But I have a kid. That is my simplistic, and in my opinion, wholly explanatory response. I have a kid-one who demands lots and lots of time. I have to clean house, I have to think about dinner. Just as validly, I want to accompany him on field trips, I want to visit his classroom, I want to be an active part of the PTO. She is a mother, but her experience is different--I was 23 and in the middle of an MA when I had my kid; she was late 30s or so and already in possession of the PhD. So, her priorities, while she was working on the PhD were, understandably, different. She could put the degree before all else. I cannot. Truthfully, I will not. I mean, it's my kid, and I'm not getting this time back.

Advisor also hates the fact that I work in the summer (to tell you the truth, I didn't even let on that I worked this past one). It takes time away from my writing she argues and she is 100% correct. But again, I don't think she focuses on the fact that I'm a single mother with BILLS! I cannot live without income from July to October. It's just not feasible. Under her watchful eye, I have refrained from teaching outside classes during the school year, but things get excruciatingly tight sometimes and I can't do all the things I'd like to do for the kid.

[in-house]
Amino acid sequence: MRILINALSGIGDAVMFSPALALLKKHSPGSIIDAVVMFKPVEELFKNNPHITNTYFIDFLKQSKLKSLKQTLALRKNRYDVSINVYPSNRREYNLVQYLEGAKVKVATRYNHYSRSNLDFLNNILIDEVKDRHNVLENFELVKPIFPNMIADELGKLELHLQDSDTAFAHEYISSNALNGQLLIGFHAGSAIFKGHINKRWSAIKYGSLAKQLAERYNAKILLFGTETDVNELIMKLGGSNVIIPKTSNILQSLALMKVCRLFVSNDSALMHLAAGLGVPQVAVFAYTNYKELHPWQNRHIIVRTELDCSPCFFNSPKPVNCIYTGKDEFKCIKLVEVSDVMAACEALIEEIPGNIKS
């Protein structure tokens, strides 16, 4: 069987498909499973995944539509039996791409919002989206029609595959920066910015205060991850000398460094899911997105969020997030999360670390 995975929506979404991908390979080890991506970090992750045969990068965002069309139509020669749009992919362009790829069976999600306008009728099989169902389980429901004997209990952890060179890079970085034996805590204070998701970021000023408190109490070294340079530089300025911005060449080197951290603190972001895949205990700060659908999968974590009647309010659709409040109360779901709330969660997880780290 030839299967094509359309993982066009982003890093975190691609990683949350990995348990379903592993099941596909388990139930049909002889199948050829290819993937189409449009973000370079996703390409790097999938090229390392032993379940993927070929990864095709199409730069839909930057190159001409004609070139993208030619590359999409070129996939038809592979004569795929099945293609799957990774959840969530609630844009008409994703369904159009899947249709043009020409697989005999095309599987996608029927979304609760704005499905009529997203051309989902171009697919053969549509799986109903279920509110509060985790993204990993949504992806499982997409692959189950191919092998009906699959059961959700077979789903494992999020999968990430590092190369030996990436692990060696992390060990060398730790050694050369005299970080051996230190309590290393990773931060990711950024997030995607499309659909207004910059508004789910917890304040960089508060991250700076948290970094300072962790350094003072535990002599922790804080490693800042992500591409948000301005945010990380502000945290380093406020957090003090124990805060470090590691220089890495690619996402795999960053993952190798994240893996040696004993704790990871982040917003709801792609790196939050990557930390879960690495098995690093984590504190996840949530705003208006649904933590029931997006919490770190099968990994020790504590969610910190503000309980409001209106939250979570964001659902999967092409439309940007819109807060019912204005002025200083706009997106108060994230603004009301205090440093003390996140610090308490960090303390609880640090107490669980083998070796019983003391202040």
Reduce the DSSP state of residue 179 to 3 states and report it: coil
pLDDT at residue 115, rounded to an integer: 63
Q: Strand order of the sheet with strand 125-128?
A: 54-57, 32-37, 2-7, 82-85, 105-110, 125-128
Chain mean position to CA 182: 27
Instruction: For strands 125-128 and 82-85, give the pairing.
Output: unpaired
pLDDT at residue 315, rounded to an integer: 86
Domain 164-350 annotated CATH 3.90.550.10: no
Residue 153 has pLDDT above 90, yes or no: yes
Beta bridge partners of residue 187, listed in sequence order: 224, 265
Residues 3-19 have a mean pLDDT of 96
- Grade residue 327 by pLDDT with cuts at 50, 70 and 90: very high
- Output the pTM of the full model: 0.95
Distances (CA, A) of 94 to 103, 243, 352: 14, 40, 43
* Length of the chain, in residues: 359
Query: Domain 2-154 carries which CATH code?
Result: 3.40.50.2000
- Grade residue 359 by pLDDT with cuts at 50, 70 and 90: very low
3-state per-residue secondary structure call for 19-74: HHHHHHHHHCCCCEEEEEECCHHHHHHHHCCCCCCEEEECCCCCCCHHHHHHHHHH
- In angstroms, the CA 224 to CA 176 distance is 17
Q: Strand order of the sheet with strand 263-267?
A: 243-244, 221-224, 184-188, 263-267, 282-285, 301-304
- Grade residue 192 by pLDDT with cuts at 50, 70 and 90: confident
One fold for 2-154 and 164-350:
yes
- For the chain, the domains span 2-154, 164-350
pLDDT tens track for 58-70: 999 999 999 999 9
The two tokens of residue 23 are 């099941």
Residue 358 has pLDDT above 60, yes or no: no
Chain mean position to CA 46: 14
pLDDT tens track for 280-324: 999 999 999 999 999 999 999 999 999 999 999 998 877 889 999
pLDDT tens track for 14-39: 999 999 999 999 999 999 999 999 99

I think there is also an idea that you can turn off obligations, forget all norms of reciprocity because you're doing such great, important work. Recently, I asked a colleague a question for a friend of mine who's researching this area. He's been here forever, so I figured he might have insight. He took my e-mail as a chance to scold me: